So, you might want to consider concocting a healthy alternative to that Halloween candy, and if you’re plagued by hordes of trick-or-treaters, as one of my friends is, this could cut the numbers down considerably, if the word should somehow get around about the “special treats” you’re handing out.

We’ve had very few doorbell ringers on Halloween night the past two or three years. I wonder why?


This recipe for a crunchy toffee-like candy calls for earthworms that have been oven dried and chopped. You can either put them in the bottom of the dish and pour the candy mixture over, or incorporate them into the candy, whichever you prefer. Stirring them into the toffee actually disguises the “special ingredient” more.


¾ cup light brown sugar, packed

½ cup butter

1 cup dry roasted earthworms, coarsely chopped (see preparation instructions above)

½ cup semi-sweet chocolate, grated

Butter a 9-by-9-by-2 baking pan or dish. Heat butter and sugar in a saucepan to boiling; boil over med. heat for 7 min., stirring constantly to avoid burning.

Remove from heat; stir in chopped worms. Pour into prepared pan. Sprinkle grated chocolate over the hot mixture and cover with aluminum foil so the contained heat will melt the chocolate.

Spread the melted chocolate evenly over the candy and while still warm, cut into small squares. Refrigerate until firm.

Often, adults are at the door with their young children. You might like to offer them a quick bite as they make the rounds. Have a platter of chips handy to go with this spicy dip.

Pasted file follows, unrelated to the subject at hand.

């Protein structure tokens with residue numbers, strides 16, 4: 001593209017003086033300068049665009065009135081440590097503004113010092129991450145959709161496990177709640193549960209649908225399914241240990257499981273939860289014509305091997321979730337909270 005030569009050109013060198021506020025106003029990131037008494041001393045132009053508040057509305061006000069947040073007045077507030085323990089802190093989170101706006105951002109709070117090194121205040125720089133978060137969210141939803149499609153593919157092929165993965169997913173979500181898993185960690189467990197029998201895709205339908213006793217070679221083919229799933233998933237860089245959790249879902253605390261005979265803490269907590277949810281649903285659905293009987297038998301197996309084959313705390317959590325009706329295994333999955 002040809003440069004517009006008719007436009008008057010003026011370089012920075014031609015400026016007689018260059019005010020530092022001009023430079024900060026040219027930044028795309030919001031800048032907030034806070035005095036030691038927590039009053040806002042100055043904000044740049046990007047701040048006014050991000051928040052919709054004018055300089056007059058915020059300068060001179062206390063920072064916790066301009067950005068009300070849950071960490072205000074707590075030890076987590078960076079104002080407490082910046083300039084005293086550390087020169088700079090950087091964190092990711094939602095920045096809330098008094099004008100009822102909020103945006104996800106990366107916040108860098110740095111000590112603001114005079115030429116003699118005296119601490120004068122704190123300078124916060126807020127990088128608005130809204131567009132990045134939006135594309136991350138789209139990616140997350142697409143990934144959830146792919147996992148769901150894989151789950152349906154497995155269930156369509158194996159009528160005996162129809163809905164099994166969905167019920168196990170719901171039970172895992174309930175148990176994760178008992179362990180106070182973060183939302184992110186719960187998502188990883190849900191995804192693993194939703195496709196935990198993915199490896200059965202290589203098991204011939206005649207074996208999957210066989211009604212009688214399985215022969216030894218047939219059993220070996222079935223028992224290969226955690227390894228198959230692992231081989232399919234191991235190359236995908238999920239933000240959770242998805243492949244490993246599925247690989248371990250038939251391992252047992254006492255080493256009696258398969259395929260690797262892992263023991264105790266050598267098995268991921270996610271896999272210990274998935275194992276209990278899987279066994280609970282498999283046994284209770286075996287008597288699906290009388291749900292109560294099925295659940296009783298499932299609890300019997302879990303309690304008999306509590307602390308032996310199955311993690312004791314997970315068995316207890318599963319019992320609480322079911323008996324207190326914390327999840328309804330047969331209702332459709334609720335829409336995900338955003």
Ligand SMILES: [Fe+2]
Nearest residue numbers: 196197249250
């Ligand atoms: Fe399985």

½ cup dried, chopped earthworms (see preparation instructions above)

½ cup cottage cheese

3 T. chopped jalapeno peppers, or to taste

2 T. chopped chives

2 T. cilantro, minced

2 t. lemon juice

1 t. cumin

Salt and pepper, to taste

Combine all ingredients, mixing well. Chill. Serve with crackers or chips, or with crunchy vegetables such as jicama, celery, broccoli flowerets, etc.

For your own Halloween supper, because you’ll probably be busy answering that doorbell, you might want to try this quick, easy sauce to serve over rice or pasta of choice. This recipe is from an interesting book, “Urban Wilderness, A Guidebook to Resourceful City Living,” by Christopher Nyerges.


1 cup earthworms, boiled and baked (see above instructions)

Flour, sufficient to coat amount of earthworms you intend to use

1 to 2 T. butter

Salt, to taste

¼ cup chicken stock or broth

½ of a med. onion, chopped

½ cup mushrooms, sliced

1 cup sour cream

Noodles or rice

Chopped parsley, for garnish

Coat earthworms with flour; brown in melted butter and salt to taste. Add chicken stock or broth and simmer for ½ hr.

In a separate pan, saute the chopped onion and sliced mushrooms. Add to the earthworm mixture then stir in the sour cream. Serve over noodles of choice, or steamed rice, sprinkled with parsley garnish. Serves 2.

Happy All Hallows Eve to all our readers.

Margaret Walton can be reached at falwalcal@msn.com.